AZ: The fact that it had been 25 years and I had like seven or eight albums in between you know, you just grow so much. With the sonic’s switching to the Midwest and to the South, as I was gearing for this one, it took a long minute. I’ve been wanting to put it out but everything was switching up so much. So I started to lock-in around 2017 and 2018 but there was still a gap and I started putting the songs out because I had people waiting so long. But when the COVID hit, man, it was really like now or never. So I really locked in when we all were hibernating during quarantine and knocked out most of it. This year, I finished the rest and here we are.

Grove: Your debut Doe Or Die is an undeniable classic. Did you feel any pressure to create the sequel?

AZ: No pressure. I wanted to do it because back then when we first signed our contracts, when we first got into the game, you look at it and it says you have to deliver nine albums. When you see that you’re like, “I didn’t even get past the first one.” For any artist that’s been in the game for some time, you want to bring that sequel to fruition because it’s like you completed the 360. Even though the contracts are non-existent, in my mind, I overcame and now this is the 10th, 11th album. Let me do two more. I’m ready now.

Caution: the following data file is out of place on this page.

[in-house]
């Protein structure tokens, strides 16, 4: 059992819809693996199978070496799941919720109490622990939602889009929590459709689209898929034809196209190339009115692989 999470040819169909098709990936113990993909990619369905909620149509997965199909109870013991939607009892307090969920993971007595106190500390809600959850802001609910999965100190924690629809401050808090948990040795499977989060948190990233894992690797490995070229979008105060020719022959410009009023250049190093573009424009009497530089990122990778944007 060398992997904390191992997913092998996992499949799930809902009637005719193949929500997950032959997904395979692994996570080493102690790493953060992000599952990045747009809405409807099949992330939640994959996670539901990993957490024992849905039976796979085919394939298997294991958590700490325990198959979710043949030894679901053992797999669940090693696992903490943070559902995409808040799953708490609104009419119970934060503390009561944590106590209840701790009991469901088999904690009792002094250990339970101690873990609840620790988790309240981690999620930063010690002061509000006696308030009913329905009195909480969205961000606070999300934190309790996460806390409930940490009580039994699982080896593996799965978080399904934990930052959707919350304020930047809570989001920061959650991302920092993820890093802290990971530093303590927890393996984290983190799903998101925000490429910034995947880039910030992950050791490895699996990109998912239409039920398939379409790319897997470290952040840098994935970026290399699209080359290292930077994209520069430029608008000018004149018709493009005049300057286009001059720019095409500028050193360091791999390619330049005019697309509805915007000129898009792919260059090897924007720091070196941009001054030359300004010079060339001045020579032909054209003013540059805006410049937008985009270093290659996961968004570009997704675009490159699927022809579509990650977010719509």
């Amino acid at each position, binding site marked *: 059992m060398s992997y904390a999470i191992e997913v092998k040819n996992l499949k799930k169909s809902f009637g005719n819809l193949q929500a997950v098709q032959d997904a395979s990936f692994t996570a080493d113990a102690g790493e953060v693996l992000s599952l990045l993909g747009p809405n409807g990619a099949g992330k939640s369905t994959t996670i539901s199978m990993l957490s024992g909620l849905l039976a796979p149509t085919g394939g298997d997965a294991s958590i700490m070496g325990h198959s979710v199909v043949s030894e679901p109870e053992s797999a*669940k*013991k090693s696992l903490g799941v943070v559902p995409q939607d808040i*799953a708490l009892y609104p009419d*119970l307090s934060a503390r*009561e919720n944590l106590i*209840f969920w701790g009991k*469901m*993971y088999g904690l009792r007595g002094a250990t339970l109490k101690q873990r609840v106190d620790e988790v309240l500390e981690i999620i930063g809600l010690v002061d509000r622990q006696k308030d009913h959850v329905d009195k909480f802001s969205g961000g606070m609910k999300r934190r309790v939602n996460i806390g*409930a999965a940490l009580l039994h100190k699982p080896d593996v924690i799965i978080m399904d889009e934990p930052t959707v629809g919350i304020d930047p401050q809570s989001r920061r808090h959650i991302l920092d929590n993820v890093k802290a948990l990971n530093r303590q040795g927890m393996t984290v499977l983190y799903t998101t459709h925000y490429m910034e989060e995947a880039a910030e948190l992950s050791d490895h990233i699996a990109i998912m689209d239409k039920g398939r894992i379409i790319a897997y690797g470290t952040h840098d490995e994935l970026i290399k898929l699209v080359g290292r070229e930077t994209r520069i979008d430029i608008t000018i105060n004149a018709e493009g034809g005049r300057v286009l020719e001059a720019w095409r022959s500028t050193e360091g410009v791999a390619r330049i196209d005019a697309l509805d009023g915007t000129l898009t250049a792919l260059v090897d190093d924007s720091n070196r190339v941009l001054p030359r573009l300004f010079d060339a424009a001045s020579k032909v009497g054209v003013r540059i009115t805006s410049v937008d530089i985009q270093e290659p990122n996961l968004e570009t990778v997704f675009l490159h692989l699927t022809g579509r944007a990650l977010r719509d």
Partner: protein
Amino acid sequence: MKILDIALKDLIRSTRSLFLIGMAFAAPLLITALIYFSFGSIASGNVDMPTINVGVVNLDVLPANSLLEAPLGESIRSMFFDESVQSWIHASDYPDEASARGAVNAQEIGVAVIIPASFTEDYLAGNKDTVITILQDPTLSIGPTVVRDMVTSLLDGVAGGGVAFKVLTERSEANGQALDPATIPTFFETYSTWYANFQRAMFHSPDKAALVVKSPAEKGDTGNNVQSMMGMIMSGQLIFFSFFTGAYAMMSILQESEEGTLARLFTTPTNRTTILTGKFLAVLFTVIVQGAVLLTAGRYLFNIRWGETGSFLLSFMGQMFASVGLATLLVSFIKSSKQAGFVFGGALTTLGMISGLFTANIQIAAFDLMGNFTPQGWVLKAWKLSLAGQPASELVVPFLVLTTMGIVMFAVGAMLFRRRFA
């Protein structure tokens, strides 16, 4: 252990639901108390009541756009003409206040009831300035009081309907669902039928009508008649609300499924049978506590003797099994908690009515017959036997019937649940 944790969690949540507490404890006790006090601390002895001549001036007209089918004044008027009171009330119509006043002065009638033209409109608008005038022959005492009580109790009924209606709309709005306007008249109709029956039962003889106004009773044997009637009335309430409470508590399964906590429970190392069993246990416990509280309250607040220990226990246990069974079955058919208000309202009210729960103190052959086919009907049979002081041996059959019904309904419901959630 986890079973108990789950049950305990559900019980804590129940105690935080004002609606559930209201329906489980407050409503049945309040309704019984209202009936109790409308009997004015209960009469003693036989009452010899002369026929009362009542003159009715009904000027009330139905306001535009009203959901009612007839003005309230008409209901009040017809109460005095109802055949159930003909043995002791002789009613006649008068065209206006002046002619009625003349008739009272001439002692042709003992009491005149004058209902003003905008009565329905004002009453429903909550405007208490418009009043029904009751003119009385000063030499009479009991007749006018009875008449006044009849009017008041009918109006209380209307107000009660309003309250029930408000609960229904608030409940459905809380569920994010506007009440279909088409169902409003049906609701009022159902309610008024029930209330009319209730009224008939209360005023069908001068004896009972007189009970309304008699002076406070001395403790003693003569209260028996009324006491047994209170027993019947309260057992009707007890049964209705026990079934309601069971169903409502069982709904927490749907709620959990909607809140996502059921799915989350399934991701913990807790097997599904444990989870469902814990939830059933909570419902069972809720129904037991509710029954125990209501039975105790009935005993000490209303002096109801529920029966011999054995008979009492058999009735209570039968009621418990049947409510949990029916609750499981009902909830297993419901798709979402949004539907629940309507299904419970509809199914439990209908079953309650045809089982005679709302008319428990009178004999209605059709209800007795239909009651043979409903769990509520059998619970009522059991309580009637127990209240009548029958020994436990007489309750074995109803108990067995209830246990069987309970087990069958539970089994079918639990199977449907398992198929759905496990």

Grove: I know you love them all but what song on the album is your favorite?

AZ: I’ll keep it 100. I like the whole album because of how I created it from top to bottom. I like all of them because each song brings out a different life and brings different zones out of me. So I love all of them. They were hand-picked and then crafted like a timepiece. It’s classic man.

Grove: I love the hook on “Never Enough.”

AZ: “Never Enough” is great. Lil Wayne went crazy on “Ritual.” 

Grove: Is there anyone in Hip-Hop, R&B, or anything else that you never worked with but would love to collaborate with?

AZ: Wow. I think I wanna say JAY-Z  just for the love of the game. I think that would be a good thing to bring things to a close. But I would love to work with a singer like Anita Baker and most definitely Stephanie Mills.